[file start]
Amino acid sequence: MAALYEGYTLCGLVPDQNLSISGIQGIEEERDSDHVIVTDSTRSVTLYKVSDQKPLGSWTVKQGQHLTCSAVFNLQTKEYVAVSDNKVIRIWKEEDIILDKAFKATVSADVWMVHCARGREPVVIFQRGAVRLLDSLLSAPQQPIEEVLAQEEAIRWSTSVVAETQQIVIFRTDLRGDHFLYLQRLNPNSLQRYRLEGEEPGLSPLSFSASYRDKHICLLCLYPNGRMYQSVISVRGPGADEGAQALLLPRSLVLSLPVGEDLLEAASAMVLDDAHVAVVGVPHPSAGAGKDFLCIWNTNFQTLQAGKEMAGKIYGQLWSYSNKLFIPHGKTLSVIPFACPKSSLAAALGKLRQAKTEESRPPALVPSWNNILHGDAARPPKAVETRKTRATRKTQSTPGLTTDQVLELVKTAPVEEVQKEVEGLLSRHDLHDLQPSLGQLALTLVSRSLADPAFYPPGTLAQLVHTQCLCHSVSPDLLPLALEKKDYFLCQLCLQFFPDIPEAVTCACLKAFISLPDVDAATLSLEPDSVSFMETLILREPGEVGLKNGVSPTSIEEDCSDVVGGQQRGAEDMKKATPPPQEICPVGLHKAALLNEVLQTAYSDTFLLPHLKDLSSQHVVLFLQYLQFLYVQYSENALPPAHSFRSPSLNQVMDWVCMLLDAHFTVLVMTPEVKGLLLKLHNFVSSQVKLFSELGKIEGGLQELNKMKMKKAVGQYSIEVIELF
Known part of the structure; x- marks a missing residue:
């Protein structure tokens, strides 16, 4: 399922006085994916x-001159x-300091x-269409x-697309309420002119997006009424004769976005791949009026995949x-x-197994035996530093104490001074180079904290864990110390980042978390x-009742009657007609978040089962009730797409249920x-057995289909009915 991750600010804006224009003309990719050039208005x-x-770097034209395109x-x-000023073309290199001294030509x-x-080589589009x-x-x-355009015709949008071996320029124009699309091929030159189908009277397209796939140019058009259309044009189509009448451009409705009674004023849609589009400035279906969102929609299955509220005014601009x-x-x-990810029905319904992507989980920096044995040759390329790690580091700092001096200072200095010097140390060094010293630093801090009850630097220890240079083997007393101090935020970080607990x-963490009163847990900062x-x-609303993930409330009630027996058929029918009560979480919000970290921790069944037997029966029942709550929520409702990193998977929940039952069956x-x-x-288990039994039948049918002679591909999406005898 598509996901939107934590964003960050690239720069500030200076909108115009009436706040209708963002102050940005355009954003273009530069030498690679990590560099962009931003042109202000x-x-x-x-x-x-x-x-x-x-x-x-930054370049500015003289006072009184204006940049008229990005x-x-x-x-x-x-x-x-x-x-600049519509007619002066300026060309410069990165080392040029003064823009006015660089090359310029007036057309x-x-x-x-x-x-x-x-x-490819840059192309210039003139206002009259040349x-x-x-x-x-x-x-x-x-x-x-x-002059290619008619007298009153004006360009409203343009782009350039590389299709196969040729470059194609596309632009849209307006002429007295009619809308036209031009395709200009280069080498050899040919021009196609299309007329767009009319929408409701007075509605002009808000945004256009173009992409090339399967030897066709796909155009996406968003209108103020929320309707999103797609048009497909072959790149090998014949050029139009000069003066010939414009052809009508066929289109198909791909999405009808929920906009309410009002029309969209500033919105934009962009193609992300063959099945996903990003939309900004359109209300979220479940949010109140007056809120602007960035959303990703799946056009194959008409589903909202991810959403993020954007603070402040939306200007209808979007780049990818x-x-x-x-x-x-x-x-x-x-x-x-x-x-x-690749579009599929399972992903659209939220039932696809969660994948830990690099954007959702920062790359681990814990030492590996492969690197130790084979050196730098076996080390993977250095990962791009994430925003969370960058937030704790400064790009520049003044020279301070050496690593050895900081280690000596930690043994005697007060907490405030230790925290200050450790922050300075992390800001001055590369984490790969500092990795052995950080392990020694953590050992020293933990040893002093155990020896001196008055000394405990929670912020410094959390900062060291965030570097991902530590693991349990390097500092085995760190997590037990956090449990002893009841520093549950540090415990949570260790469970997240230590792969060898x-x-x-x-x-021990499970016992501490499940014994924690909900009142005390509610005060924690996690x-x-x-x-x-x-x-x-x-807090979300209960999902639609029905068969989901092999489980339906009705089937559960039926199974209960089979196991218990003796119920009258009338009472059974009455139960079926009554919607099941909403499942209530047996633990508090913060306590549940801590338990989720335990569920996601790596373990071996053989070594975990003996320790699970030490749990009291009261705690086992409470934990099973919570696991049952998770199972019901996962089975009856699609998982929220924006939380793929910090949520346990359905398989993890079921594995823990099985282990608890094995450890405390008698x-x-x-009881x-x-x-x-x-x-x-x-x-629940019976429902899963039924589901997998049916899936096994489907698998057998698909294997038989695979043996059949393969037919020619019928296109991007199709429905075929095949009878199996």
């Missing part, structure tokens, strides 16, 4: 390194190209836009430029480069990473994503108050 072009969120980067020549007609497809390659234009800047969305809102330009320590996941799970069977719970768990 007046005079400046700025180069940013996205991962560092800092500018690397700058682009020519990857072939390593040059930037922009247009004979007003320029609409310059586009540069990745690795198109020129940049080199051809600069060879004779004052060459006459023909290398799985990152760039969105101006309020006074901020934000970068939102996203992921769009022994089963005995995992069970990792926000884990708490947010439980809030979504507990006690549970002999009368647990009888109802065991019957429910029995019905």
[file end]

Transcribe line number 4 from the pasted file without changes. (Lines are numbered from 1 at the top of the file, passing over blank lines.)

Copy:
């Missing part, structure tokens, strides 16, 4: 390194190209836009430029480069990473994503108050 072009969120980067020549007609497809390659234009800047969305809102330009320590996941799970069977719970768990 007046005079400046700025180069940013996205991962560092800092500018690397700058682009020519990857072939390593040059930037922009247009004979007003320029609409310059586009540069990745690795198109020129940049080199051809600069060879004779004052060459006459023909290398799985990152760039969105101006309020006074901020934000970068939102996203992921769009022994089963005995995992069970990792926000884990708490947010439980809030979504507990006690549970002999009368647990009888109802065991019957429910029995019905």